This article was originally published June 3.
As the racist relics of the American South come slowly down — most recently statues of Robert E. Lee and Jefferson Davis were removed in New Orleans — it’s awfully easy to feel smug up here in New England. We don’t have any of those nasty, historically tainted works of public art here, do we?
Wait — do we?
Governors and generals, businessmen philanthropists and political titans, explorers of the globe and ministers of the faith, abolitionists and artists: As in most other cities, these are the figures who top the pedestals and line the public spaces of Boston. Many of the memorials have been in place for more than a century, a culturally immense span of time in which the reputations of the famous are subject to changing social and moral attitudes — when they’re remembered at all.
So the question is worth asking: Are we giving some of these memorials, and the history behind them, a pass simply because they’re cast in stone? The public art being removed in the South has issues of provenance, many of them having been put in place years after the Civil War by whites pushing against Reconstruction policies and aiming to re-establish racist dominance. The statuary up here generally springs from less ignoble impulses, but there are skeletons in various closets. No Great Man is all great. Some are decidedly less so, especially in retrospect.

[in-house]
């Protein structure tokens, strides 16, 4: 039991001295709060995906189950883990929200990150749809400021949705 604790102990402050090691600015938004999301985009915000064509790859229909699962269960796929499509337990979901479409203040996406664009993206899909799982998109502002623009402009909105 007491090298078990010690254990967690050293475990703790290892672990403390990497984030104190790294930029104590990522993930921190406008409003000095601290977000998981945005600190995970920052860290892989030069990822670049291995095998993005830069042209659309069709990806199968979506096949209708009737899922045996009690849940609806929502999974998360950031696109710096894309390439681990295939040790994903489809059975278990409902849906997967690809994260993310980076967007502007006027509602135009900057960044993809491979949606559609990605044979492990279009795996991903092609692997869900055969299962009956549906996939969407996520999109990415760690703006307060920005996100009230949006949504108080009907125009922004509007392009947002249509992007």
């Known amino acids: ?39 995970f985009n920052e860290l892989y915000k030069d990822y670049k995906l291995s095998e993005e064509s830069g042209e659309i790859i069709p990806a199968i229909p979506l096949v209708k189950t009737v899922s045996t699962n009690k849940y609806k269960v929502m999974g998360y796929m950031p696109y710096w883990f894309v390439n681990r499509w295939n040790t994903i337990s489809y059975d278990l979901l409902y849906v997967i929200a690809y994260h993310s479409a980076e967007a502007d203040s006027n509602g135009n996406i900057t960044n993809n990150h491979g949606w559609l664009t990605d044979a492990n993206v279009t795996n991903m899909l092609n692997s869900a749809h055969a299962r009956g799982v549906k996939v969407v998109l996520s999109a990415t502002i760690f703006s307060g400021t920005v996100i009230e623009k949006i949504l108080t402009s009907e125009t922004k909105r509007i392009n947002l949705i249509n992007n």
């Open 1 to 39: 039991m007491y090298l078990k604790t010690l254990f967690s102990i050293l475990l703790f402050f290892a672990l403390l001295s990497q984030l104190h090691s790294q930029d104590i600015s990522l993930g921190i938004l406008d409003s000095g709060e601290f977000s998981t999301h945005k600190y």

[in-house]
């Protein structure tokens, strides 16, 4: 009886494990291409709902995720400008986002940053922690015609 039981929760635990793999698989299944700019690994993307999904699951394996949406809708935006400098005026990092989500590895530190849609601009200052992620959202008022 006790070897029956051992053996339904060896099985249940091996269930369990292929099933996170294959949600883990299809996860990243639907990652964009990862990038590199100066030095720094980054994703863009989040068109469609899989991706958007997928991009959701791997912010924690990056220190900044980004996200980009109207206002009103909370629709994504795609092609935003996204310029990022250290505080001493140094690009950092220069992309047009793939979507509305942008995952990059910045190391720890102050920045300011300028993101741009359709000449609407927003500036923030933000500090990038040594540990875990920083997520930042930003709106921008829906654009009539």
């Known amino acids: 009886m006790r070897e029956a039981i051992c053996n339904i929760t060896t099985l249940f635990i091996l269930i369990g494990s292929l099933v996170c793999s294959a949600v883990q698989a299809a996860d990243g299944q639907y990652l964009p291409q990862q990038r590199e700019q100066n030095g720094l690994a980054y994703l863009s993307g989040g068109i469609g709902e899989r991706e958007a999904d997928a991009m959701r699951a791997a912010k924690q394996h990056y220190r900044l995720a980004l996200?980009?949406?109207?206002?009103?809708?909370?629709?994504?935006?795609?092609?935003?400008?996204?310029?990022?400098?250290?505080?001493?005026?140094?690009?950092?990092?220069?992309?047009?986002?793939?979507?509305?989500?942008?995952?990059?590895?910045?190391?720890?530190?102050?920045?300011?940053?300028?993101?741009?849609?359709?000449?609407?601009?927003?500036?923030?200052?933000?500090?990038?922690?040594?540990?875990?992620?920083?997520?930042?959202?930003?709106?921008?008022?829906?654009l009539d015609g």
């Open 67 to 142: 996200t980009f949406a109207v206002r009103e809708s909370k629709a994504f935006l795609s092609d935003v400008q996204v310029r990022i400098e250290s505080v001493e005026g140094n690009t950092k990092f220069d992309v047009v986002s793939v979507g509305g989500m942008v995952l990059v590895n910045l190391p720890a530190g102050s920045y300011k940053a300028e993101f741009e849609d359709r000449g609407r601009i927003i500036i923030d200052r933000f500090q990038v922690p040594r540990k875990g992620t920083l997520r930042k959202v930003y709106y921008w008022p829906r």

There’s a street, a T stop, and a medical center named for former Red Sox owner Tom Yawkey, for example, but there are no statues, and, given what we now know of his feelings about black ballplayers, there probably won’t be. Cardinal Bernard Law lives on in the Vatican but not in the public art of his longtime city. There are people who wonder why we keep putting up statues to the Kennedys. And there are some memorials whose placement and even reasons for existence seem a mystery.